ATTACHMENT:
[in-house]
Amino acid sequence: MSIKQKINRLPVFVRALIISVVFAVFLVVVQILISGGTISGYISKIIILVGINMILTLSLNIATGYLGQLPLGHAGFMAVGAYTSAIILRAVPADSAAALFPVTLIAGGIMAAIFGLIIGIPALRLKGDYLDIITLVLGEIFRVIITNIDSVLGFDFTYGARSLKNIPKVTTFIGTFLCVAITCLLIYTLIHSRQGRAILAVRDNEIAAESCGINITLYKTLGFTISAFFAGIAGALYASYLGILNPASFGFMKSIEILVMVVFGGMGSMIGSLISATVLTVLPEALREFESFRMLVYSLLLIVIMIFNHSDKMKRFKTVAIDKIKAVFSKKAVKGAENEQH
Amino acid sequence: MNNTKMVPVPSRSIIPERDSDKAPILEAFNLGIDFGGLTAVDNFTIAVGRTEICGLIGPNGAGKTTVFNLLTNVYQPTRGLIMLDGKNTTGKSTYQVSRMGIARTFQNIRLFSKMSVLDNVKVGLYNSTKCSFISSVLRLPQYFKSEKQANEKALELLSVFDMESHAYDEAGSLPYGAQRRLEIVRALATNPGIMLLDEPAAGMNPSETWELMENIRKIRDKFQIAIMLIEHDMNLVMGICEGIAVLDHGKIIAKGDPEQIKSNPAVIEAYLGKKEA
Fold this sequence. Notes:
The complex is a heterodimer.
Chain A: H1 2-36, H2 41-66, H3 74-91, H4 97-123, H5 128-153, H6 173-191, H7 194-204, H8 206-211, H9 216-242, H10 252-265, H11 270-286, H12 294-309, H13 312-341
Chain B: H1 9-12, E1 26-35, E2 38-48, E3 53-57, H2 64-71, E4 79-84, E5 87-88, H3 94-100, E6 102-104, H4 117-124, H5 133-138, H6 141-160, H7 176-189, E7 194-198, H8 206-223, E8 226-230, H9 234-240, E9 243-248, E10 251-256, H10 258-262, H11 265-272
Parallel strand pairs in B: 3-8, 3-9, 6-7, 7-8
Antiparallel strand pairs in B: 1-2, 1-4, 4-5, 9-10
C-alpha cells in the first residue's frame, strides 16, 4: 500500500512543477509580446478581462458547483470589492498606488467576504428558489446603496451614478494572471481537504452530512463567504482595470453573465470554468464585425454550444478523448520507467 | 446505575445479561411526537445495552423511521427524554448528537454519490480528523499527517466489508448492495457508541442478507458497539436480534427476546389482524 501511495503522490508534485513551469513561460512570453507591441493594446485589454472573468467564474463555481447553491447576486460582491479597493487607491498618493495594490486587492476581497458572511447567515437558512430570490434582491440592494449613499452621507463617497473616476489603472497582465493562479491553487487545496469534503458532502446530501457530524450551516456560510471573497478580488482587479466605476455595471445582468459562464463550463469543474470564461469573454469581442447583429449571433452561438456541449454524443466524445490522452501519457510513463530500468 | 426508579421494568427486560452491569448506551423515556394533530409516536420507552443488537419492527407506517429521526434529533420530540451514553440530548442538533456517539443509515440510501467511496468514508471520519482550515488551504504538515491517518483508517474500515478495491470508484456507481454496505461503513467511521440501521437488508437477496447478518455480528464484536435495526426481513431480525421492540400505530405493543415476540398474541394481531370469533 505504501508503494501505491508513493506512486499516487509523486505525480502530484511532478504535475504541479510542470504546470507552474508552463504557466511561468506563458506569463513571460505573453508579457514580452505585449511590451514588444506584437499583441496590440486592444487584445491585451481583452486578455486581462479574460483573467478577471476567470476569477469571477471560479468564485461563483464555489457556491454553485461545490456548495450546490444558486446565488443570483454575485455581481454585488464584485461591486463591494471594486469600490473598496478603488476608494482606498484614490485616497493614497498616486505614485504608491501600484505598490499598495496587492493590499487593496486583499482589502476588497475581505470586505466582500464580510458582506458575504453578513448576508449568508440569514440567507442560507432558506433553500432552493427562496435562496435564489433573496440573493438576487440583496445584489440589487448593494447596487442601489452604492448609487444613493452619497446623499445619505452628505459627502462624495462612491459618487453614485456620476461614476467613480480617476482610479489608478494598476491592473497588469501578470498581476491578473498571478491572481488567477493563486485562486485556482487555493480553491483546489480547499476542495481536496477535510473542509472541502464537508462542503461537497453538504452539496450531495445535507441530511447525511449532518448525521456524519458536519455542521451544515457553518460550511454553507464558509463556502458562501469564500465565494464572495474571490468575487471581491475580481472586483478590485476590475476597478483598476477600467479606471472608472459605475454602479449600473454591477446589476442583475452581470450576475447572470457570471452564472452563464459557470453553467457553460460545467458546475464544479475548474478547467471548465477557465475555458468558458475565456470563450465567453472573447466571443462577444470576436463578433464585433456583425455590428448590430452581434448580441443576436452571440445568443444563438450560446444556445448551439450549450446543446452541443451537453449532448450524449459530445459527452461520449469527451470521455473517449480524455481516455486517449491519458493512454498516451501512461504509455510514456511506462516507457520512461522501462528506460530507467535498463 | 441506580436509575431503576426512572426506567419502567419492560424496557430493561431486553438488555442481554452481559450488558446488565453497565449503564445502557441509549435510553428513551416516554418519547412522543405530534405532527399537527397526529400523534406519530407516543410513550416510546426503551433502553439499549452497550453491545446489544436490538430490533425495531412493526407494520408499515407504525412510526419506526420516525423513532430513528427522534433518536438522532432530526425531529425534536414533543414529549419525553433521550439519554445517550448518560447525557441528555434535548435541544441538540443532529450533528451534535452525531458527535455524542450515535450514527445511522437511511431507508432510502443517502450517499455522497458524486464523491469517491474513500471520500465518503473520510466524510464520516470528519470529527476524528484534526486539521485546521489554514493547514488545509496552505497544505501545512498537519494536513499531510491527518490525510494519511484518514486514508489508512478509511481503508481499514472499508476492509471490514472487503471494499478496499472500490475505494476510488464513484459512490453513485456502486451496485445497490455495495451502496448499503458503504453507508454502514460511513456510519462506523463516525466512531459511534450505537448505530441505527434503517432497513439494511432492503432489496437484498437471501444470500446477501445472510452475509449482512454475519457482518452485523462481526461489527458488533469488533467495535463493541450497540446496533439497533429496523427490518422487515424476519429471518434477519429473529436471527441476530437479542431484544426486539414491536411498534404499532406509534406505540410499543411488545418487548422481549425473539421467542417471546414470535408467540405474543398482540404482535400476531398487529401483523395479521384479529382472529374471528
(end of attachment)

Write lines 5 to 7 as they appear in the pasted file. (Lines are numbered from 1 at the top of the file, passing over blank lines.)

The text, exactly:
The complex is a heterodimer.
Chain A: H1 2-36, H2 41-66, H3 74-91, H4 97-123, H5 128-153, H6 173-191, H7 194-204, H8 206-211, H9 216-242, H10 252-265, H11 270-286, H12 294-309, H13 312-341
Chain B: H1 9-12, E1 26-35, E2 38-48, E3 53-57, H2 64-71, E4 79-84, E5 87-88, H3 94-100, E6 102-104, H4 117-124, H5 133-138, H6 141-160, H7 176-189, E7 194-198, H8 206-223, E8 226-230, H9 234-240, E9 243-248, E10 251-256, H10 258-262, H11 265-272